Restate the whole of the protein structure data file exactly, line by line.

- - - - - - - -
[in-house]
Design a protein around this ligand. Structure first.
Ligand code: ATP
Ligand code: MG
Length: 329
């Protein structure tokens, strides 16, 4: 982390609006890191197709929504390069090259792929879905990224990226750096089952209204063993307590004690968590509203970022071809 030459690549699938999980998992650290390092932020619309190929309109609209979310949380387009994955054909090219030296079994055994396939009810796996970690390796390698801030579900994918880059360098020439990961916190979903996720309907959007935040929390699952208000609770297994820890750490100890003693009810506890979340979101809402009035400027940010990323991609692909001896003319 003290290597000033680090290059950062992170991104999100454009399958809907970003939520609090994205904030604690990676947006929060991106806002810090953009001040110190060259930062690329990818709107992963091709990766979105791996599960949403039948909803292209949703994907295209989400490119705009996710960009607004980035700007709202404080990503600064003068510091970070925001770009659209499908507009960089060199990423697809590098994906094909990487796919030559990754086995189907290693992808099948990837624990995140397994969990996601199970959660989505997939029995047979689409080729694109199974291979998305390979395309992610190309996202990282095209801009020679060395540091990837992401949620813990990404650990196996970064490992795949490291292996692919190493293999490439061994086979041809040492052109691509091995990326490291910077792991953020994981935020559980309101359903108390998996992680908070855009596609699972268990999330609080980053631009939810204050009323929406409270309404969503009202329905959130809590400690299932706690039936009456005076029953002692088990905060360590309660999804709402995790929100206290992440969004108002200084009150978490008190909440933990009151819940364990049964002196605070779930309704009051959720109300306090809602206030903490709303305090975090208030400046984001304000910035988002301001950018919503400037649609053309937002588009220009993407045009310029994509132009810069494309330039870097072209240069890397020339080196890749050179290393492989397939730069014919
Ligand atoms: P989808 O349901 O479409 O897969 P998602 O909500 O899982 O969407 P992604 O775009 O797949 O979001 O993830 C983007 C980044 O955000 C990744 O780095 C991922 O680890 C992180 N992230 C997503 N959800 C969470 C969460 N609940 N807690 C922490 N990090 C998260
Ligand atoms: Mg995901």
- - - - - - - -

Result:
[in-house]
Design a protein around this ligand. Structure first.
Ligand code: ATP
Ligand code: MG
Length: 329
């Protein structure tokens, strides 16, 4: 982390609006890191197709929504390069090259792929879905990224990226750096089952209204063993307590004690968590509203970022071809 030459690549699938999980998992650290390092932020619309190929309109609209979310949380387009994955054909090219030296079994055994396939009810796996970690390796390698801030579900994918880059360098020439990961916190979903996720309907959007935040929390699952208000609770297994820890750490100890003693009810506890979340979101809402009035400027940010990323991609692909001896003319 003290290597000033680090290059950062992170991104999100454009399958809907970003939520609090994205904030604690990676947006929060991106806002810090953009001040110190060259930062690329990818709107992963091709990766979105791996599960949403039948909803292209949703994907295209989400490119705009996710960009607004980035700007709202404080990503600064003068510091970070925001770009659209499908507009960089060199990423697809590098994906094909990487796919030559990754086995189907290693992808099948990837624990995140397994969990996601199970959660989505997939029995047979689409080729694109199974291979998305390979395309992610190309996202990282095209801009020679060395540091990837992401949620813990990404650990196996970064490992795949490291292996692919190493293999490439061994086979041809040492052109691509091995990326490291910077792991953020994981935020559980309101359903108390998996992680908070855009596609699972268990999330609080980053631009939810204050009323929406409270309404969503009202329905959130809590400690299932706690039936009456005076029953002692088990905060360590309660999804709402995790929100206290992440969004108002200084009150978490008190909440933990009151819940364990049964002196605070779930309704009051959720109300306090809602206030903490709303305090975090208030400046984001304000910035988002301001950018919503400037649609053309937002588009220009993407045009310029994509132009810069494309330039870097072209240069890397020339080196890749050179290393492989397939730069014919
Ligand atoms: P989808 O349901 O479409 O897969 P998602 O909500 O899982 O969407 P992604 O775009 O797949 O979001 O993830 C983007 C980044 O955000 C990744 O780095 C991922 O680890 C992180 N992230 C997503 N959800 C969470 C969460 N609940 N807690 C922490 N990090 C998260
Ligand atoms: Mg995901």